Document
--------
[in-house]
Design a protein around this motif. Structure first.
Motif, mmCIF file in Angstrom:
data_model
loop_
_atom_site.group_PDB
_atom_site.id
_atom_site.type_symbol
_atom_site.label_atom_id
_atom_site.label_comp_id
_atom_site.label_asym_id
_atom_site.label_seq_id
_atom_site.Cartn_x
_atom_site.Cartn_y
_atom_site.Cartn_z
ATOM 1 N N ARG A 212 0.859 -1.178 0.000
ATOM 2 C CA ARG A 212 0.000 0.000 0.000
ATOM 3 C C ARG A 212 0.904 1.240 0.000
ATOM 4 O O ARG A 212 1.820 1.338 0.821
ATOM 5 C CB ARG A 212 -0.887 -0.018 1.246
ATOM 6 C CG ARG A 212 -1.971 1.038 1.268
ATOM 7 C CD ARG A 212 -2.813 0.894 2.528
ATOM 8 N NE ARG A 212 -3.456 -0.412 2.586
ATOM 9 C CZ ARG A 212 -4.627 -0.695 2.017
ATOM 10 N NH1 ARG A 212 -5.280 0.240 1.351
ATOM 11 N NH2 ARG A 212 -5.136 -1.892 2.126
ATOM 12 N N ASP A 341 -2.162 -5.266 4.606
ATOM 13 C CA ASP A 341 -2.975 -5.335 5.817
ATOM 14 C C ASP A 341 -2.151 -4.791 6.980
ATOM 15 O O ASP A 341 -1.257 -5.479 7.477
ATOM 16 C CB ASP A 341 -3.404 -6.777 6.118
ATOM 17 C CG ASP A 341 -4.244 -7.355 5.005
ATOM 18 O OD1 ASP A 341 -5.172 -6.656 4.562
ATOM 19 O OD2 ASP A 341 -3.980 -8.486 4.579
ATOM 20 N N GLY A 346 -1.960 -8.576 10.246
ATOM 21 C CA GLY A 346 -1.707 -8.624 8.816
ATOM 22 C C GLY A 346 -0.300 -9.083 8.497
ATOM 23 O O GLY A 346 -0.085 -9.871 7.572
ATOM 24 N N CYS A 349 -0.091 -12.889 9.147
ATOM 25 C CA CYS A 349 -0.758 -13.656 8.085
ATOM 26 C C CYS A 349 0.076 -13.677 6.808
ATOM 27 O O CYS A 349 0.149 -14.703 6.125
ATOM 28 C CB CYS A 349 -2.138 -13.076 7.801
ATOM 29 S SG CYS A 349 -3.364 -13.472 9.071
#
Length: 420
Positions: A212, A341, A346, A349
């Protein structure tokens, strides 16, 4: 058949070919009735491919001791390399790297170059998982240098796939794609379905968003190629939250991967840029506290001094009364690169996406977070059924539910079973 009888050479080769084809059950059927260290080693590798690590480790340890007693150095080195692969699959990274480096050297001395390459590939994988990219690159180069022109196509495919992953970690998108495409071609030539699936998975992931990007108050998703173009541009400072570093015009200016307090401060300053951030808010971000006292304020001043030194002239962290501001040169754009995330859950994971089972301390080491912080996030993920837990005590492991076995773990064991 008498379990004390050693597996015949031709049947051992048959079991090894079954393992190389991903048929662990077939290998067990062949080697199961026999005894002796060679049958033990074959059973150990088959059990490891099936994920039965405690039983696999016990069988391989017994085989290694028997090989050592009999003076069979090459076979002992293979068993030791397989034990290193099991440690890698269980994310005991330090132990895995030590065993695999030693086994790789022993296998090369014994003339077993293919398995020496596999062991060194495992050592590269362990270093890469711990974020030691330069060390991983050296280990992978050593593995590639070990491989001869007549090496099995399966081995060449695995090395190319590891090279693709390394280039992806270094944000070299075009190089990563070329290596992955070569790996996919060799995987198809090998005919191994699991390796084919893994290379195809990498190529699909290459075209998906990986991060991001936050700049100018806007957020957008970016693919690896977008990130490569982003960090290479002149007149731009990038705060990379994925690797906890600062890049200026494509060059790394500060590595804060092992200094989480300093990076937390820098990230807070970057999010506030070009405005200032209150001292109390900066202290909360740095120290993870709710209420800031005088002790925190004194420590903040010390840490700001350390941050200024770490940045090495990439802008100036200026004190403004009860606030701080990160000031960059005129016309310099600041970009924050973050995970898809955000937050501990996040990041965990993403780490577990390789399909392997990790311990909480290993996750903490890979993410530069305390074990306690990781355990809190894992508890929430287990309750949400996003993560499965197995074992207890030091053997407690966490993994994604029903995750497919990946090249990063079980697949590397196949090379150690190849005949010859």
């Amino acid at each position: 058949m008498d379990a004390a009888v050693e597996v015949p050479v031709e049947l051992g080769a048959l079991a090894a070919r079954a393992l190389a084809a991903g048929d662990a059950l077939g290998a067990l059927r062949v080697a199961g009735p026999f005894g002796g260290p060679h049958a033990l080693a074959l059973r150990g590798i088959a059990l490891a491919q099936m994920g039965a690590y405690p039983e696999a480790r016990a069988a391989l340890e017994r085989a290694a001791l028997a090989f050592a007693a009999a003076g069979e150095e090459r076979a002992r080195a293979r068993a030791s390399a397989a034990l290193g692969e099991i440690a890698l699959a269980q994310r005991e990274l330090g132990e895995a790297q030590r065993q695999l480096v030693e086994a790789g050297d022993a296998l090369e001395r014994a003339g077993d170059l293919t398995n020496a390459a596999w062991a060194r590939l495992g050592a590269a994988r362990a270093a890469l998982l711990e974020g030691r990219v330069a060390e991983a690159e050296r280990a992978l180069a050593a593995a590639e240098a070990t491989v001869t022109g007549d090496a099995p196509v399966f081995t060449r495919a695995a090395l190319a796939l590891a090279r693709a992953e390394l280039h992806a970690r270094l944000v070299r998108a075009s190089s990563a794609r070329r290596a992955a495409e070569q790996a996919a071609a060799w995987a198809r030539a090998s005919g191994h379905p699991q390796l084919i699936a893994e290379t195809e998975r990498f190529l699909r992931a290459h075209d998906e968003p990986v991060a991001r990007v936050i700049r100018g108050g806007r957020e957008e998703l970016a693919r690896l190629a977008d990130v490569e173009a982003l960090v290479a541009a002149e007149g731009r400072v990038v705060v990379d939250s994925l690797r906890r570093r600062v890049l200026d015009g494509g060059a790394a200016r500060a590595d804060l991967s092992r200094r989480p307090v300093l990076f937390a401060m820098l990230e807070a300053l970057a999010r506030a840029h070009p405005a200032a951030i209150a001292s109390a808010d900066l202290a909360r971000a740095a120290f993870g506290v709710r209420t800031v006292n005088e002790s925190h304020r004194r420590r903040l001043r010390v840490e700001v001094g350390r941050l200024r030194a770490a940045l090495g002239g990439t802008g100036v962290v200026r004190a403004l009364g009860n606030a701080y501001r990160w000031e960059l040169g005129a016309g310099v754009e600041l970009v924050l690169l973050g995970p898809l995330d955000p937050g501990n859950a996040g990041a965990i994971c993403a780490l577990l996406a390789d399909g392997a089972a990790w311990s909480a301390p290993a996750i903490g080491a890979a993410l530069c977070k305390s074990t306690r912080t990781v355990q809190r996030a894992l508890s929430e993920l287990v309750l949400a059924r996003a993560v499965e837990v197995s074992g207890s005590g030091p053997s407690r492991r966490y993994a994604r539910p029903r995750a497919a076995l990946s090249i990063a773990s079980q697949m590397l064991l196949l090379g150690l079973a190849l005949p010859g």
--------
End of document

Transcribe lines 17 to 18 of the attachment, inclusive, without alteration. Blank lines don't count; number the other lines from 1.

ATOM 2 C CA ARG A 212 0.000 0.000 0.000
ATOM 3 C C ARG A 212 0.904 1.240 0.000